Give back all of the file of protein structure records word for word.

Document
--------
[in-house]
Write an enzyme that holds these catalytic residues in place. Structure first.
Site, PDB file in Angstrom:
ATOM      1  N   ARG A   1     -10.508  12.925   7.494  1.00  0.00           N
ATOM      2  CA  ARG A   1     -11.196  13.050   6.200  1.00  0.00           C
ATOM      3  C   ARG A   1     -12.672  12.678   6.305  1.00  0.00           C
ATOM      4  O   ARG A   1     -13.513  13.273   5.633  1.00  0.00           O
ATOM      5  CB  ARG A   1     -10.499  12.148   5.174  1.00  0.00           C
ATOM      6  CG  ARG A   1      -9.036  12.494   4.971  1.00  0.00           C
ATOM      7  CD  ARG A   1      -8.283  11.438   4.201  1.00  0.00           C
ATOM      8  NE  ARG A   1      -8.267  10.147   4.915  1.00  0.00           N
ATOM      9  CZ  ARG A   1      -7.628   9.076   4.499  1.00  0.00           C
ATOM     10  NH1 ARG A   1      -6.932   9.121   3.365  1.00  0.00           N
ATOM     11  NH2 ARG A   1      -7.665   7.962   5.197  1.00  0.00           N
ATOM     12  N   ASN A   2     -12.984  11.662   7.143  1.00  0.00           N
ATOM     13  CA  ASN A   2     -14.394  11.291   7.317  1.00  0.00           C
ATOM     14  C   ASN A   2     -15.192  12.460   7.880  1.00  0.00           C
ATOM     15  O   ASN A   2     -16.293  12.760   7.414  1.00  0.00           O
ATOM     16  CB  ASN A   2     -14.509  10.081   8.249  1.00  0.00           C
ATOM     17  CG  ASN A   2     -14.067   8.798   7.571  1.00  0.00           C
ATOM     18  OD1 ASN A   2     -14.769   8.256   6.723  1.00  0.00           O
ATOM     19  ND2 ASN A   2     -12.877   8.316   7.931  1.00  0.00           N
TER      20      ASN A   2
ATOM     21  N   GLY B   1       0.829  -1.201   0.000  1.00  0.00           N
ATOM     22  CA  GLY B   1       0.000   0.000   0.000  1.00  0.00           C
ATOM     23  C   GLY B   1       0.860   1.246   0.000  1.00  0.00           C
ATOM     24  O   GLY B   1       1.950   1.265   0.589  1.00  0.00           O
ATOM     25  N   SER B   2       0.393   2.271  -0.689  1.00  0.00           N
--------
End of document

[in-house]
Write an enzyme that holds these catalytic residues in place. Structure first.
Site, PDB file in Angstrom:
ATOM      1  N   ARG A   1     -10.508  12.925   7.494  1.00  0.00           N
ATOM      2  CA  ARG A   1     -11.196  13.050   6.200  1.00  0.00           C
ATOM      3  C   ARG A   1     -12.672  12.678   6.305  1.00  0.00           C
ATOM      4  O   ARG A   1     -13.513  13.273   5.633  1.00  0.00           O
ATOM      5  CB  ARG A   1     -10.499  12.148   5.174  1.00  0.00           C
ATOM      6  CG  ARG A   1      -9.036  12.494   4.971  1.00  0.00           C
ATOM      7  CD  ARG A   1      -8.283  11.438   4.201  1.00  0.00           C
ATOM      8  NE  ARG A   1      -8.267  10.147   4.915  1.00  0.00           N
ATOM      9  CZ  ARG A   1      -7.628   9.076   4.499  1.00  0.00           C
ATOM     10  NH1 ARG A   1      -6.932   9.121   3.365  1.00  0.00           N
ATOM     11  NH2 ARG A   1      -7.665   7.962   5.197  1.00  0.00           N
ATOM     12  N   ASN A   2     -12.984  11.662   7.143  1.00  0.00           N
ATOM     13  CA  ASN A   2     -14.394  11.291   7.317  1.00  0.00           C
ATOM     14  C   ASN A   2     -15.192  12.460   7.880  1.00  0.00           C
ATOM     15  O   ASN A   2     -16.293  12.760   7.414  1.00  0.00           O
ATOM     16  CB  ASN A   2     -14.509  10.081   8.249  1.00  0.00           C
ATOM     17  CG  ASN A   2     -14.067   8.798   7.571  1.00  0.00           C
ATOM     18  OD1 ASN A   2     -14.769   8.256   6.723  1.00  0.00           O
ATOM     19  ND2 ASN A   2     -12.877   8.316   7.931  1.00  0.00           N
TER      20      ASN A   2
ATOM     21  N   GLY B   1       0.829  -1.201   0.000  1.00  0.00           N
ATOM     22  CA  GLY B   1       0.000   0.000   0.000  1.00  0.00           C
ATOM     23  C   GLY B   1       0.860   1.246   0.000  1.00  0.00           C
ATOM     24  O   GLY B   1       1.950   1.265   0.589  1.00  0.00           O
ATOM     25  N   SER B   2       0.393   2.271  -0.689  1.00  0.00           N